There was some discrepancy between radiographic tumor volume and pathologic viable tumor volume (interclass correlation coefficient = 0.20). As such, preoperative volume may overestimate the pathologic tumor volume resulting in a mean difference of 622 cm3 (95% CI: 285, 958). Pathologic viable tumor volume is also associated with contrast enhancement in pre-operative radiographic studies and change in contrast enhancement (Spearman correlation coefficient p=0.41, p=0.02). In the further evaluation of radiomic features of systemic therapy responses, first-order and second-order elements can identify patients with minimal residual disease on pathologic evaluation. All findings are further summarized below in Figure 2.Cohort A and B Post-ICB Findings 
Following his presentation, discussion moderator Dr. Sarah Pstuka inquired about how their findings may be applied to clinical practice. Dr. Dawidek stated, “We would be most interested in getting a sense of which patients we expected to have a discrepancy and minimal residual disease in their primary tumor, who may not have a similar response in their peripheral site.”

Moderator Dr. Federico Belladelli then raised a question concerning the inconsistency between the radiological and pathological assessments, inquiring about the rationale behind this variance, to which Dr. Dawidek replied, “This has been relatively commonly described in the context of immunotherapy, therefore it can be quite challenging to resist additional measures of response. Often issues like pseudo-progression are overestimating the volume of residual disease.”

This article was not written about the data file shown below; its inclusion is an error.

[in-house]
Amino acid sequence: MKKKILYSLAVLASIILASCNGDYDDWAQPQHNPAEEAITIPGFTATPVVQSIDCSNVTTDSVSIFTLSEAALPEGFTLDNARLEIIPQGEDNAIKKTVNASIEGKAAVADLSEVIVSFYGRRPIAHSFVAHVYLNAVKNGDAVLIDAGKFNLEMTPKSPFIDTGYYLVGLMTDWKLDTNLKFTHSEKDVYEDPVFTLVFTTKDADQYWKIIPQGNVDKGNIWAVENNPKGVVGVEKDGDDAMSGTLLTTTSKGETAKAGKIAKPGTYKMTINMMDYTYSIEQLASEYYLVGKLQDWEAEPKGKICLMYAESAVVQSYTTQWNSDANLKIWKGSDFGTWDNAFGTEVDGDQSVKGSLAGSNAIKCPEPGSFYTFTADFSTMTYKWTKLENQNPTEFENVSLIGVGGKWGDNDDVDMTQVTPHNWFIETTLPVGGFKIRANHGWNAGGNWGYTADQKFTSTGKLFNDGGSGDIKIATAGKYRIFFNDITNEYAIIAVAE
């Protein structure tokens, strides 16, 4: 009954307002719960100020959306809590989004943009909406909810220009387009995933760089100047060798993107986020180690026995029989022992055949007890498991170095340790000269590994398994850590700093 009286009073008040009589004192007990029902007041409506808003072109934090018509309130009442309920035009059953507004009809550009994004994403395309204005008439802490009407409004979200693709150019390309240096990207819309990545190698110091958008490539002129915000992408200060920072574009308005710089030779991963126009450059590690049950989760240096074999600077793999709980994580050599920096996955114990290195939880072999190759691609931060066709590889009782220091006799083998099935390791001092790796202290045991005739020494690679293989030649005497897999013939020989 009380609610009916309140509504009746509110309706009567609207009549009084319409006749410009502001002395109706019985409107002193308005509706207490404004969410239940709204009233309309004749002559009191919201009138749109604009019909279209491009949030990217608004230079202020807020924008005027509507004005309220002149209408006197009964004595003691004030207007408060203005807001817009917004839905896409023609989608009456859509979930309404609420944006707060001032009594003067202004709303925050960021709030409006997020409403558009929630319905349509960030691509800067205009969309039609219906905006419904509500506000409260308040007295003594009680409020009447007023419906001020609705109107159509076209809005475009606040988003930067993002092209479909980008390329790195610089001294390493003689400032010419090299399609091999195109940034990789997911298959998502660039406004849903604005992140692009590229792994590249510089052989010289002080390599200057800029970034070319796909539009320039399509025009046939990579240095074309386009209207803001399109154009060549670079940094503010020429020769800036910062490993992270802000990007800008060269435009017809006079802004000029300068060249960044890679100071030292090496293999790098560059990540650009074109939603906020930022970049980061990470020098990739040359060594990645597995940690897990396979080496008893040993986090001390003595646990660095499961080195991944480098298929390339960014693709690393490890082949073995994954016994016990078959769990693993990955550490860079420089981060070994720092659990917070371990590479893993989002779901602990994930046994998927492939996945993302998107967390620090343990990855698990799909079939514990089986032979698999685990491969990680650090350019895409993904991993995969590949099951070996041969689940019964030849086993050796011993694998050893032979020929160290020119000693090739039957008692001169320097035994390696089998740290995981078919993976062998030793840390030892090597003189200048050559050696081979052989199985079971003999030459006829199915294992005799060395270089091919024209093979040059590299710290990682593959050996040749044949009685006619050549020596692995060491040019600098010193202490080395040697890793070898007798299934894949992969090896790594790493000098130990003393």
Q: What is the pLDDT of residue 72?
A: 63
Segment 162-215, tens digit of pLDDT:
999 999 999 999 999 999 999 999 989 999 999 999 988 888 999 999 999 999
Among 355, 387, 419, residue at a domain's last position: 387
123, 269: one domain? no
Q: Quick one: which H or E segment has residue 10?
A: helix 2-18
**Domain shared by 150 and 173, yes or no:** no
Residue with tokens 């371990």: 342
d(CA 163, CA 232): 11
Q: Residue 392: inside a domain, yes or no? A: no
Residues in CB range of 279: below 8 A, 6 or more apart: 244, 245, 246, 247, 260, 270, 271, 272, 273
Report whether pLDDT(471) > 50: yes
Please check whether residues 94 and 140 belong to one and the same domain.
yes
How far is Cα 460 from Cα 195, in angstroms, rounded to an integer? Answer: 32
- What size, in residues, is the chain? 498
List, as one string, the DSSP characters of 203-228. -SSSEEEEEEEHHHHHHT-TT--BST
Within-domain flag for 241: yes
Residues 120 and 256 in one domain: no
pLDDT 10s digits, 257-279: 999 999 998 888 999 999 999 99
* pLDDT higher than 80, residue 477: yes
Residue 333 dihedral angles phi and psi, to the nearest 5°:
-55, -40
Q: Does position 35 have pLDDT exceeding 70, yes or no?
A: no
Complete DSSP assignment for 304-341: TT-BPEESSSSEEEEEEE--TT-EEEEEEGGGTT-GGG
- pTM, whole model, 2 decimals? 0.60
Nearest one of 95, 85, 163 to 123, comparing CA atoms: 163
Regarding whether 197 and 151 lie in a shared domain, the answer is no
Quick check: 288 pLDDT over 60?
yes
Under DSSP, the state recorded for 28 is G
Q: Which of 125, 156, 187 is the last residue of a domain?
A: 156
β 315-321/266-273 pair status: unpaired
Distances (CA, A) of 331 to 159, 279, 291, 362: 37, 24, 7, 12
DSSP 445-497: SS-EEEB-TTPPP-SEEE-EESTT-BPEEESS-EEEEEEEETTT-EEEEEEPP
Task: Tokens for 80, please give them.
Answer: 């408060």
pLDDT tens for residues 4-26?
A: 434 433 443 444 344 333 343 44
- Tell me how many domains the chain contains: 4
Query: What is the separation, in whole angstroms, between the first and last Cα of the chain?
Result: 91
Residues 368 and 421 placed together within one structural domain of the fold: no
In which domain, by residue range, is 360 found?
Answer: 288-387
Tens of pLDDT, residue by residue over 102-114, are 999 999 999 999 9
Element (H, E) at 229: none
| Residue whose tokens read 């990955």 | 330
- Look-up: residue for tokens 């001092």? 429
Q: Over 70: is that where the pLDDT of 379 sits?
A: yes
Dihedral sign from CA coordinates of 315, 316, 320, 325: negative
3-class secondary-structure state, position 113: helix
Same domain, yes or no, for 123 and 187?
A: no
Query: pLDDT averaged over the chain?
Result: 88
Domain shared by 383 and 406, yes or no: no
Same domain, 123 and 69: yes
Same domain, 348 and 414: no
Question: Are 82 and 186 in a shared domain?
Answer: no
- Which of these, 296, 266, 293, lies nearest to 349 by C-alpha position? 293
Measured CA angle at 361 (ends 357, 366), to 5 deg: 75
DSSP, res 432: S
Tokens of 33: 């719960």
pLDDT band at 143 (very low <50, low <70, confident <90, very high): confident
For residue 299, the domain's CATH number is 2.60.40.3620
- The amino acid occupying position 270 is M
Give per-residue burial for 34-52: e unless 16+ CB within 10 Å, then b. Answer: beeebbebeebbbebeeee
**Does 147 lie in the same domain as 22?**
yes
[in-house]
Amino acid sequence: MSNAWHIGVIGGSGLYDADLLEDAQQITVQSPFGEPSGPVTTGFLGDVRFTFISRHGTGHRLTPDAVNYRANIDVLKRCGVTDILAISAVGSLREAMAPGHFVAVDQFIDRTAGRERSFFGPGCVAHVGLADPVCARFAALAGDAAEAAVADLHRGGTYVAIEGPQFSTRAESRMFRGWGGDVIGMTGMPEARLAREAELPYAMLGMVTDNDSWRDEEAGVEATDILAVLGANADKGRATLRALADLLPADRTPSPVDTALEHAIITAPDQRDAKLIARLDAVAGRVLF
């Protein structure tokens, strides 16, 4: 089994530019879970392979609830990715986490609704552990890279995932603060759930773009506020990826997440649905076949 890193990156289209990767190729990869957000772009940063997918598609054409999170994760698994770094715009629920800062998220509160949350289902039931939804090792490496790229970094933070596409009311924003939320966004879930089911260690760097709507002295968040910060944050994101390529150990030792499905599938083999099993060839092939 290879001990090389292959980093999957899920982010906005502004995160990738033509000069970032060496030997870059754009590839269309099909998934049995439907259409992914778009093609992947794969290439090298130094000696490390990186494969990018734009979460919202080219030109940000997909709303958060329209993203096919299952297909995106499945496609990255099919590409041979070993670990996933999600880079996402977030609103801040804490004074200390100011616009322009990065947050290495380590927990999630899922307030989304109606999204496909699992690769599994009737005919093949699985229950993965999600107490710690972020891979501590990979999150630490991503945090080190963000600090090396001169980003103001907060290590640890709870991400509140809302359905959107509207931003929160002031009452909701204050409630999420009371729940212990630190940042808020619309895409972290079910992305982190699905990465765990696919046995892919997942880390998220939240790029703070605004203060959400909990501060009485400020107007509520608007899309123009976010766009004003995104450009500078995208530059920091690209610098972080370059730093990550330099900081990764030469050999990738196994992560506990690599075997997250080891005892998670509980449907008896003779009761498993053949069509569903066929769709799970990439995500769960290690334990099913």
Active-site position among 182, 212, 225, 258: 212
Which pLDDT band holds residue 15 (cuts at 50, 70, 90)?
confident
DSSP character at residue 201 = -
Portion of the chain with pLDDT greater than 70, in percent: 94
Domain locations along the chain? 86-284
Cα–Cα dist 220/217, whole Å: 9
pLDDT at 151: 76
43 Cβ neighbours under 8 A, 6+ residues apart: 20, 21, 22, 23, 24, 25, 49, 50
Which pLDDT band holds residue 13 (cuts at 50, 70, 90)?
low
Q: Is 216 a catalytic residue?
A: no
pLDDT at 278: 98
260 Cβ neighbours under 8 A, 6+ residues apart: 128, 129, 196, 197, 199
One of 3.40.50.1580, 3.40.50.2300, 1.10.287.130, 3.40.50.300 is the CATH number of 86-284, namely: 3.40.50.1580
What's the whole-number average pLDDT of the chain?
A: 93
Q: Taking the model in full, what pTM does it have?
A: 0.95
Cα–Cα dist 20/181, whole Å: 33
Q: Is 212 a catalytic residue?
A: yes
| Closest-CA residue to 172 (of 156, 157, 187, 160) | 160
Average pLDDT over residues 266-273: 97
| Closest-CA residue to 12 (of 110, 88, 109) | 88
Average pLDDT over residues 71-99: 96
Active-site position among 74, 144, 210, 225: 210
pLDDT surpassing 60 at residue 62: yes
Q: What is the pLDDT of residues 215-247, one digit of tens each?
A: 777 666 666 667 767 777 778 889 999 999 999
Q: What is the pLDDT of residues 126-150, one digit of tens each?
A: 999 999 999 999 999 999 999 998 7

In conclusion, Dr. Dawidek et al. illuminated the promise that ICB therapy may offer, concerning the management of metastatic renal cell carcinoma. He concluded his presentation with the following messages for the audience:

  • In sum, radiographic response for primary tumor can predict time to next treatment and overall survival in Cohort A. Interactions between the observed response of both primary and metastatic tumors can further provide insight into clinical outcomes.
  • In Cohort B, residual viable tumors may be overestimated when standard volume-based radiographic assessments are employed.
  • Furthermore, contrast enhancement and other radiographic features from the primary tumor can offer additional insight into the residual viable tumor.
  • Non-invasive radiologic characterization demonstrates promise for guiding post-ICB therapy management, including cytoreductive surgery.

Presented by: Mark Dawidek, MD, Memorial Sloan Kettering Cancer Center, New York City, New York

Written by: Mariah Hernandez, Junior Research Specialist, Department of Urology, University of California, Irvine, Irvine, CA@mariahch00 on Twitter during the 2024 40th American Urological Association (AUA) Annual Meeting, May 3 — May 6, 2024, San Antonio, Texasthe 2024 40th American Urological Association (AUA) Annual Meeting, May 3 — May 6, 2024, San Antonio, Texas